Update on Aaron’s Writing Leave

Published July 4, 2016 by

Brothers and Sisters,

I’m now starting into my third week on my writing leave and since many of you have asked how it’s going, I thought I would give a quick update.

First, I’m incredible grateful for this time you all have given me to work on this project and particularly Dave for feeding us with God’s word and God’s gospel. Dave, you have pushed us in a right direction, reminding us of the confidence we have in God’s sovereign will, and why the good news is good news. It feels right that you have instructed us in this. So thank you, everyone, for the time, for praying, and for caring.

As to how the process is going, at first I didn’t know what to expect. As you know, I preached through a short six-week series on the Psalms last summer entitled “With Reverence and Ecstasy”. I had most of the content jumbled on 80 pages, but upon going through it, I quickly realized that it was a cacophony of bad sentence, poor English, lazy vocabulary, and loose structure. So for the past two weeks I’ve been re-working those manuscripts to build some sort of foundation for the book. It took me about four hours to go through one manuscript. So with six manuscripts, an introduction, and conclusion, that left me with eight chapters of which I finished my first draft last Friday.

Not only have I spent roughly 50 hours on it in the past two weeks, waking up at 5:00am to work on it, and at 9:00pm after the kids go down, but I’ve also been reading a world-renown book on writing by William Zinsser called, “On Writing Well”. It has been a tremendous resource for me and I’ve already seen the improvements on my writing.

I anticipate that I will not have this book finished until late August at the earliest. These things take time and I certainly want to be careful in my instruction of God’s Holy Word, and careful to say it in a way that you all will want to read. That’s right, I have you all in mind in my writing, which has been a great avenue for prayer for you. One of the benefits of this project is this very thing. As Paul says in Philippians, “I hold you in my heart (Phil. 1:7).”

I thought it would be appropriate for you all to taste a little what this time has produced, and so I’ll leave you with a snippet of the rough draft introduction, which hopefully encourages you to continue in the Psalms:

“The Psalms represent this continuum of holy affections. They possess a unique reverence and ecstasy [1]. In our entertainment culture, we are quick to turn to Netflix, ESPN, Facebook, Instagram, and Amazon Prime as types of relief from the pervading ache of our thought-life. Bob’s Burgers may get us a laugh, but when the credits role, everything is still as we left it. We are just more numb. Entertainment, then, is like morphine in an infection. It offers no solution, just temporary relief.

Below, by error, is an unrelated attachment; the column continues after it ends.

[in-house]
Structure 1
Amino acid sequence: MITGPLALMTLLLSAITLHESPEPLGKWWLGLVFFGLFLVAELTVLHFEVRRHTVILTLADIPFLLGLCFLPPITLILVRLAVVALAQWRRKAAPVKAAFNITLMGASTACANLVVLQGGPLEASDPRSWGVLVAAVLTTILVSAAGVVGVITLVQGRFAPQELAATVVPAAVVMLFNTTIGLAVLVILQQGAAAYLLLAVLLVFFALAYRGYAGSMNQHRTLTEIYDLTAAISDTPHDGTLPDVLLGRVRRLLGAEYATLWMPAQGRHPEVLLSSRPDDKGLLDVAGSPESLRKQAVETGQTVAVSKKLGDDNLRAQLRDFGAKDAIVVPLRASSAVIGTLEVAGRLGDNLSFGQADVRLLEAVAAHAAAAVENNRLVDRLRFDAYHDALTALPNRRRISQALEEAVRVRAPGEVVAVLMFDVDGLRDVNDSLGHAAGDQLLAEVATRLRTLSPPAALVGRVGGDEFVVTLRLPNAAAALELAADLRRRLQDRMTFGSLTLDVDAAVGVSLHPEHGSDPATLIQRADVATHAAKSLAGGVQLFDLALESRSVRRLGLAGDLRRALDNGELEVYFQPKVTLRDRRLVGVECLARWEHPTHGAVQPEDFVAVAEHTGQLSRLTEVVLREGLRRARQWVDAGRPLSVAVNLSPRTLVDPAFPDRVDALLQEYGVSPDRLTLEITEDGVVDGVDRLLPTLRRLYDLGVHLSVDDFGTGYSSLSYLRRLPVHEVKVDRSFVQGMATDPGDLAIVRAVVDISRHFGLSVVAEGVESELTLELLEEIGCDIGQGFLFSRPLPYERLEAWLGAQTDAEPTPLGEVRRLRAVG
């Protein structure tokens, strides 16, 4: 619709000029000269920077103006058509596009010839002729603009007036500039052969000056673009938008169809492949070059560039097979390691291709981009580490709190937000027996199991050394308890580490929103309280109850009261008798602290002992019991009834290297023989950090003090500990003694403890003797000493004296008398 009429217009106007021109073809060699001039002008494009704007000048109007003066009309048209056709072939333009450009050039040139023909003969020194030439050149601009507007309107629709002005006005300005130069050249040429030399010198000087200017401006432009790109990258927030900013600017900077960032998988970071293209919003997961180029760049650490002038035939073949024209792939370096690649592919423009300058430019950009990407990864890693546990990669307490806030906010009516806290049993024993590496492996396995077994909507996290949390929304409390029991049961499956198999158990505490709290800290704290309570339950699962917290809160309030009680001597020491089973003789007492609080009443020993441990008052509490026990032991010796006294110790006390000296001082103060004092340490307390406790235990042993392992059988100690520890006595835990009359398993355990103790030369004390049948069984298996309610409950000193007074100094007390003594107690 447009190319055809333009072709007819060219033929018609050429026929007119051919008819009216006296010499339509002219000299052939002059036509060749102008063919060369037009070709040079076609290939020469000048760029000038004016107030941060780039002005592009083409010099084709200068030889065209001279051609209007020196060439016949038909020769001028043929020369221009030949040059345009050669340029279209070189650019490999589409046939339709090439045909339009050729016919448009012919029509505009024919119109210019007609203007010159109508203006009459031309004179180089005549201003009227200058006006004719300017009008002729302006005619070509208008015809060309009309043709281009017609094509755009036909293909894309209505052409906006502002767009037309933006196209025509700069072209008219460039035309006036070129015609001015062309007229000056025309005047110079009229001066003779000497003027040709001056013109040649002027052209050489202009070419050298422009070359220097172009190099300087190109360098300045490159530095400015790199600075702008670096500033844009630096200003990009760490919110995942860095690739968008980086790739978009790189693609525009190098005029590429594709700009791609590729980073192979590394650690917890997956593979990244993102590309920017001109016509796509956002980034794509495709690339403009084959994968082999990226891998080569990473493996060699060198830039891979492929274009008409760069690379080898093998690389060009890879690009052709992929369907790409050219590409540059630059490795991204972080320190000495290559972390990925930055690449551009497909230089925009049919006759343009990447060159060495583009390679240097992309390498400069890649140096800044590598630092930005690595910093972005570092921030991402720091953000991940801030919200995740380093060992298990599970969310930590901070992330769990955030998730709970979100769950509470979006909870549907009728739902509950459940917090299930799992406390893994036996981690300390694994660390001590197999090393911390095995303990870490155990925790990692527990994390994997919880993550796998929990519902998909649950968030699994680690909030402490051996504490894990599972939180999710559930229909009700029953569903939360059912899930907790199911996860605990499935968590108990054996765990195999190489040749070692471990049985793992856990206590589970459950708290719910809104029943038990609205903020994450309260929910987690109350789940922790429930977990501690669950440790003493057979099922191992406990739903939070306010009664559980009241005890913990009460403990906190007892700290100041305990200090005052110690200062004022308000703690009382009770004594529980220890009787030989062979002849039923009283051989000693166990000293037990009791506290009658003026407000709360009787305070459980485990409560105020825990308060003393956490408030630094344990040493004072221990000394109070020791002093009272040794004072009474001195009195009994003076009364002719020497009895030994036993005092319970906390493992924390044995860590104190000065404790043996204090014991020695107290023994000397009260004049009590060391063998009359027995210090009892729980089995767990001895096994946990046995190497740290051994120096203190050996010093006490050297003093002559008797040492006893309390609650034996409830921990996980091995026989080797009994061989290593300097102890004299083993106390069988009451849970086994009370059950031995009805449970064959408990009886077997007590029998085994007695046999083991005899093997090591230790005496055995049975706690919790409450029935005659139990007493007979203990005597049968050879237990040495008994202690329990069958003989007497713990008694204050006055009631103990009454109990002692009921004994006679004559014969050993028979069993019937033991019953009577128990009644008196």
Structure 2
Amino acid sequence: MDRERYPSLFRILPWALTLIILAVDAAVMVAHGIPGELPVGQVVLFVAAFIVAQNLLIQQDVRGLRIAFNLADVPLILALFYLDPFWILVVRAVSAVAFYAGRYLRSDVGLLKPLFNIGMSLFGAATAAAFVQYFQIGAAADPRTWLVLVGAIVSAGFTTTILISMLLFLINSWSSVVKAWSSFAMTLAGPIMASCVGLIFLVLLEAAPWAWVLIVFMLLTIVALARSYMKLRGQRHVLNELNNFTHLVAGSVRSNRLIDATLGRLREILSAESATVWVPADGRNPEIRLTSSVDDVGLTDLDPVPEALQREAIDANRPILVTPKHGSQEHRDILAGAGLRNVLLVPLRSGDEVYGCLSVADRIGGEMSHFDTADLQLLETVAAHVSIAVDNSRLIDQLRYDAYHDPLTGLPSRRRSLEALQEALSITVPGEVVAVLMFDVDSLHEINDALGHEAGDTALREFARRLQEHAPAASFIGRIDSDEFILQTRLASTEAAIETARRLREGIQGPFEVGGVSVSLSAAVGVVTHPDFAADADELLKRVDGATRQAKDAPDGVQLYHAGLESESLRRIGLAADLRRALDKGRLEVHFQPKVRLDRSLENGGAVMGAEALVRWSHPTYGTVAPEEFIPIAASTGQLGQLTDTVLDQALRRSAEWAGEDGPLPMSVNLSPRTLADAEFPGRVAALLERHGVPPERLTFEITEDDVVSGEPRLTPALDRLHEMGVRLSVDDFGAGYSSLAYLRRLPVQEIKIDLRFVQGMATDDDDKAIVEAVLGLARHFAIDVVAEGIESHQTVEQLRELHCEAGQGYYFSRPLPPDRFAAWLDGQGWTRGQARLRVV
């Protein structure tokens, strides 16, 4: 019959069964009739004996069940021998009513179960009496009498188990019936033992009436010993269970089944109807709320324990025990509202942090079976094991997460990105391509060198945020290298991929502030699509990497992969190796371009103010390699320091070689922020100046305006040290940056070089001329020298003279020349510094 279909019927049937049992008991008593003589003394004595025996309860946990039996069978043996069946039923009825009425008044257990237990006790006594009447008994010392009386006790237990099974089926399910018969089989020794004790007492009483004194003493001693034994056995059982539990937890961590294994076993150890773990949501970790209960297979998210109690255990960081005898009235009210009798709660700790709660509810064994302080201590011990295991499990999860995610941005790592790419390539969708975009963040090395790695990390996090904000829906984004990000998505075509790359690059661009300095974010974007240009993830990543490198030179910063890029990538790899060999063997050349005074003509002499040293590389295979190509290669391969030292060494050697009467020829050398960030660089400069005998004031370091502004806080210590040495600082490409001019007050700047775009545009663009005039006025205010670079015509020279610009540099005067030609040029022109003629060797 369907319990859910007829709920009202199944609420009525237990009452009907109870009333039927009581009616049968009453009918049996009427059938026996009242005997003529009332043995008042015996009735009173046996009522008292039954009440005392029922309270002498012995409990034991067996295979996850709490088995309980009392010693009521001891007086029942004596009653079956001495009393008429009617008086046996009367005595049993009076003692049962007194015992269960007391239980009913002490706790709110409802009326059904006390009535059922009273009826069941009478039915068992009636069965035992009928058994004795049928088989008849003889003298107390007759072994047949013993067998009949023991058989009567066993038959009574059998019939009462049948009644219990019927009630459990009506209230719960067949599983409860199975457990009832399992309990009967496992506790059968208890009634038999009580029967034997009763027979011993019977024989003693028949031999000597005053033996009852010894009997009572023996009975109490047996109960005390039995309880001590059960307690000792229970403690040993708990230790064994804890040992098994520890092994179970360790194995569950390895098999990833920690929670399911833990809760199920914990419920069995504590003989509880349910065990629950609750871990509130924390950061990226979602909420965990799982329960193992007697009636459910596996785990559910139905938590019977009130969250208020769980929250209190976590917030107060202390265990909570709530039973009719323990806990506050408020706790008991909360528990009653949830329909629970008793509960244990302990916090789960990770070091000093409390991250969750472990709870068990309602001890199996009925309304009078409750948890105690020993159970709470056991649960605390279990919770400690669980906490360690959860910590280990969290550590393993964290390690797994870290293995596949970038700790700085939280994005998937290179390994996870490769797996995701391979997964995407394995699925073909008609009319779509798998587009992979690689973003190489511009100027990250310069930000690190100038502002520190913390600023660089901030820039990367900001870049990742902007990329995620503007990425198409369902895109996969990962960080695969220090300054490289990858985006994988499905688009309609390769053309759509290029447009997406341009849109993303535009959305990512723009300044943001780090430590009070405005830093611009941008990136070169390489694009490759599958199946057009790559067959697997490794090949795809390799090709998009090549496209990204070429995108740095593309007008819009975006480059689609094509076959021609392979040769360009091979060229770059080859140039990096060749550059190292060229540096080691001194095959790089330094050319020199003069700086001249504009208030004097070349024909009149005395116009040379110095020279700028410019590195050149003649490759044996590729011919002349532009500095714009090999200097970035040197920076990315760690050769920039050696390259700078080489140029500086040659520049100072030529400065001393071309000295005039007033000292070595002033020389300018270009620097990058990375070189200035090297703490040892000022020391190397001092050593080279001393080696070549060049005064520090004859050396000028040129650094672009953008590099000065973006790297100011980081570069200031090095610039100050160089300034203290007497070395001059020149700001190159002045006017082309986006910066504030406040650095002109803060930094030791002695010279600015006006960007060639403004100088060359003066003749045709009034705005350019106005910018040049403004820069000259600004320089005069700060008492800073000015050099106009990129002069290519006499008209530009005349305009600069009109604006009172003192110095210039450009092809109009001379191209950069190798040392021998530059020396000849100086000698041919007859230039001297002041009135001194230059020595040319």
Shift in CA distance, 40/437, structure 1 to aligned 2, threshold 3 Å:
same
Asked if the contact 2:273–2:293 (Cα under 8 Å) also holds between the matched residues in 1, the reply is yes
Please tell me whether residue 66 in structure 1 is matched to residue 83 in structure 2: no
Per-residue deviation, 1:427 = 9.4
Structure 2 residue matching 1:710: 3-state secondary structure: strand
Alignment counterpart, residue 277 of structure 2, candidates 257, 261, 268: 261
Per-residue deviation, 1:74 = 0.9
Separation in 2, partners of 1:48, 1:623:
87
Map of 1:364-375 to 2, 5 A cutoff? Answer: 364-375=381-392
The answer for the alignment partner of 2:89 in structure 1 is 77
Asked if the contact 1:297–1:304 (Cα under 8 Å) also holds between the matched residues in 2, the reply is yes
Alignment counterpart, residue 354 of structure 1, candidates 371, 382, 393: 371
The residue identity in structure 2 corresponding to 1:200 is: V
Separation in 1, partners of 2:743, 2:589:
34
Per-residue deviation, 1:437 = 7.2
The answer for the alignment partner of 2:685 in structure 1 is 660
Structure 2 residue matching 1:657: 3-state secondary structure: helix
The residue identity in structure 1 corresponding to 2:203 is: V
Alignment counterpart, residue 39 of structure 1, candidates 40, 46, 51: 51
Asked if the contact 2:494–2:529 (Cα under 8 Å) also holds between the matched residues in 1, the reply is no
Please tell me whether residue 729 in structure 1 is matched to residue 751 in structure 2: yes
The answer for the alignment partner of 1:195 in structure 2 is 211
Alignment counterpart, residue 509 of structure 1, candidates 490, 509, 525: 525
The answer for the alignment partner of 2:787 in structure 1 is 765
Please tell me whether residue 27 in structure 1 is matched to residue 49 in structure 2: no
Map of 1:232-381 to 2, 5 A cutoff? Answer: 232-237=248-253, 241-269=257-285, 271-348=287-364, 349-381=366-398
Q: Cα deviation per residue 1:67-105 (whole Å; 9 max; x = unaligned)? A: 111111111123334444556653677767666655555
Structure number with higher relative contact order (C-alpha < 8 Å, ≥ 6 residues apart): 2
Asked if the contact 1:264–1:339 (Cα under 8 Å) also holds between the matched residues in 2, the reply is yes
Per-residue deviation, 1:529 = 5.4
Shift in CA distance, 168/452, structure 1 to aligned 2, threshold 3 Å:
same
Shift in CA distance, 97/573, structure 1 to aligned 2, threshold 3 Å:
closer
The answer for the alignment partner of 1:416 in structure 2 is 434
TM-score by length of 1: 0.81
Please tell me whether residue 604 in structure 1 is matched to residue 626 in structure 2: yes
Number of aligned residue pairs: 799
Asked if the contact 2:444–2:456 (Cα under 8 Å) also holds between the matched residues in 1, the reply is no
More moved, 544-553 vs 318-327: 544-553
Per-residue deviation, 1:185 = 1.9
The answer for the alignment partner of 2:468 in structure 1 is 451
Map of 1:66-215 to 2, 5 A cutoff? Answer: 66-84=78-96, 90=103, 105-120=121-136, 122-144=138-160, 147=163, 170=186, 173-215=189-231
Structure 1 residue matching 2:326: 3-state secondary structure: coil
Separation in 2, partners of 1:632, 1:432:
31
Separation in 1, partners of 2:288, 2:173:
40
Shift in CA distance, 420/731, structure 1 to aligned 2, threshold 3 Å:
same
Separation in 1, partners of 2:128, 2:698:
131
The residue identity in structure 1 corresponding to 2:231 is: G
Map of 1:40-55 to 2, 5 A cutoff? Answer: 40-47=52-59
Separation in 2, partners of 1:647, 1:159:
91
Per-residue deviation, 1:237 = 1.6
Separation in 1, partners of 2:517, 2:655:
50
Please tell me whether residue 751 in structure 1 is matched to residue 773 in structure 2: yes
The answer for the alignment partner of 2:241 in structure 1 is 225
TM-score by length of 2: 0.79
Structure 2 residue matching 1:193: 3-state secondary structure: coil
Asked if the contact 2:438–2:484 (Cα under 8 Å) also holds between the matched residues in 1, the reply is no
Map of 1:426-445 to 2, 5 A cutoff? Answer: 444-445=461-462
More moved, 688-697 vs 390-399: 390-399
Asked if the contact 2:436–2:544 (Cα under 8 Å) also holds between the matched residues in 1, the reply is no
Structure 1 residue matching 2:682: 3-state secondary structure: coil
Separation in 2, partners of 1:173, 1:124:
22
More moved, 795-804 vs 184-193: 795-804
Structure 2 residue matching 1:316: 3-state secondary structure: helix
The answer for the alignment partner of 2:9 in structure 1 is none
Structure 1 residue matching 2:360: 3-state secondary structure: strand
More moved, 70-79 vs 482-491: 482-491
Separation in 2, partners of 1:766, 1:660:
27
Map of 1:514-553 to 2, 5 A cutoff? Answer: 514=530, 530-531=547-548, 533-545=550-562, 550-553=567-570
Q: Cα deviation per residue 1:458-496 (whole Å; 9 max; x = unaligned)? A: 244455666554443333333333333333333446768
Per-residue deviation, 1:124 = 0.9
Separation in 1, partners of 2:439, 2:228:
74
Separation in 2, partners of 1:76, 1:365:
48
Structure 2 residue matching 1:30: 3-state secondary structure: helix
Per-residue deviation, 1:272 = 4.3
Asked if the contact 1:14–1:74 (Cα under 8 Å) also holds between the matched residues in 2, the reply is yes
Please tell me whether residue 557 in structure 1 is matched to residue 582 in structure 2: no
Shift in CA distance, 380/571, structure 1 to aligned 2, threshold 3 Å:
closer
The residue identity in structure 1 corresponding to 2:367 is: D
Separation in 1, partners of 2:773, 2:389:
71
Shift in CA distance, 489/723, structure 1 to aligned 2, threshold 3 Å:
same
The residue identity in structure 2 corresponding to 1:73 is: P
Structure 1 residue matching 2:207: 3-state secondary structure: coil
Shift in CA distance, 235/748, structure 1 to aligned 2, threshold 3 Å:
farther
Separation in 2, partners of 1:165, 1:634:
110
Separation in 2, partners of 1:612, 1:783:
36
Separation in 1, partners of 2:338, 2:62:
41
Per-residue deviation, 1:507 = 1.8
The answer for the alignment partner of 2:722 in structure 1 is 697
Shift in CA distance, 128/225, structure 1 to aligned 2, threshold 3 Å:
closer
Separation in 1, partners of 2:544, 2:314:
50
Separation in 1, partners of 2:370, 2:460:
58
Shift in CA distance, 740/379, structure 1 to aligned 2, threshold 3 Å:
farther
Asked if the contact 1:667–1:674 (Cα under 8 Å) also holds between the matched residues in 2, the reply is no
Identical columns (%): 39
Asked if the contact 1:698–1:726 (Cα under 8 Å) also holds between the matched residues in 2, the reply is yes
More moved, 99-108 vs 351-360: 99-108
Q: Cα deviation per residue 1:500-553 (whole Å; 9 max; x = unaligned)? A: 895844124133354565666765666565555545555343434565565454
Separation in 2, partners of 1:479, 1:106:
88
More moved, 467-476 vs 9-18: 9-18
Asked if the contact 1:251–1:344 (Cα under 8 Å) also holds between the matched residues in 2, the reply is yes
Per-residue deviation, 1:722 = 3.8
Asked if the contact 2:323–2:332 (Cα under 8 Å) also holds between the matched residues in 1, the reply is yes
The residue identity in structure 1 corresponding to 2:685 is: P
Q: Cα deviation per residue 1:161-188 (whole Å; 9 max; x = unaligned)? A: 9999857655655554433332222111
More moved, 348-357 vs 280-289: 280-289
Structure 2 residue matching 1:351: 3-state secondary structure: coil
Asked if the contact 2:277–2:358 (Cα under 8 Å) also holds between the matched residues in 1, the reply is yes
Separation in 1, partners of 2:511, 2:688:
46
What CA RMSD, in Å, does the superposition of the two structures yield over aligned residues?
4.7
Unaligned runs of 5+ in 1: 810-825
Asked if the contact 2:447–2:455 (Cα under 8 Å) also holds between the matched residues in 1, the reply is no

But the Psalms don’t numb the pain. The Psalms refuse to allow us to be trivial in our worship. The Psalms stare the sting square in the eyes, and calls it out. The Psalms walk us through turbulent streams only to plunge us into an ocean of beauty, being caught up in the seismic hurricane of God’s wonder. The Psalms invite us into its deluge.

But for some reason, modern evangelicalism has traded this surge of holy discomfort for a Bob Ross stream in a still valley plush with “happy trees”. It is a tragic trend that we have tossed the Psalter and replaced it with Christian pop—a big stage, a fog machine, a light show, and some vintage Beatles music. We tend to be pretty good at singing the “ecstasy” Psalms—the ones that make us feel good—but have altogether ignored the “reverent” Psalms—whose agony rises from the page. “Break the teeth of the wicked (Psalm 3:7).” We “turn it up” when KLOVE plays “from everlasting to everlasting you are God (Psalm 90:2)”, but the station doesn’t pay the electrical when Psalm 88:4-5 comes on. “I am a man who has no strength, like one set loose among the dead, like the slain that lie in the grave, like those whom you remember no more, for they are cut off from your hand.” We excitedly sing in unison, from PowerPoint, “Bless the Lord O my soul (Psalm 104:35b)”, but for some reason have misplaced the preceding slide: “Let sinners be consumed from the earth and let the wicked be no more.” Where is this ecstasy and reverence? Where is the range of sorrow and joy and all that buzzes in between?”


[1] Paul Griffith wrote a book on religious readings in which he said, as quoted by Gordan Wenham, “For the religious reader, the work read is of overpowering delight and great beauty. It can never be discarded, because it can never be exhausted, it can only be re-read, with reverence and ecstasy.”

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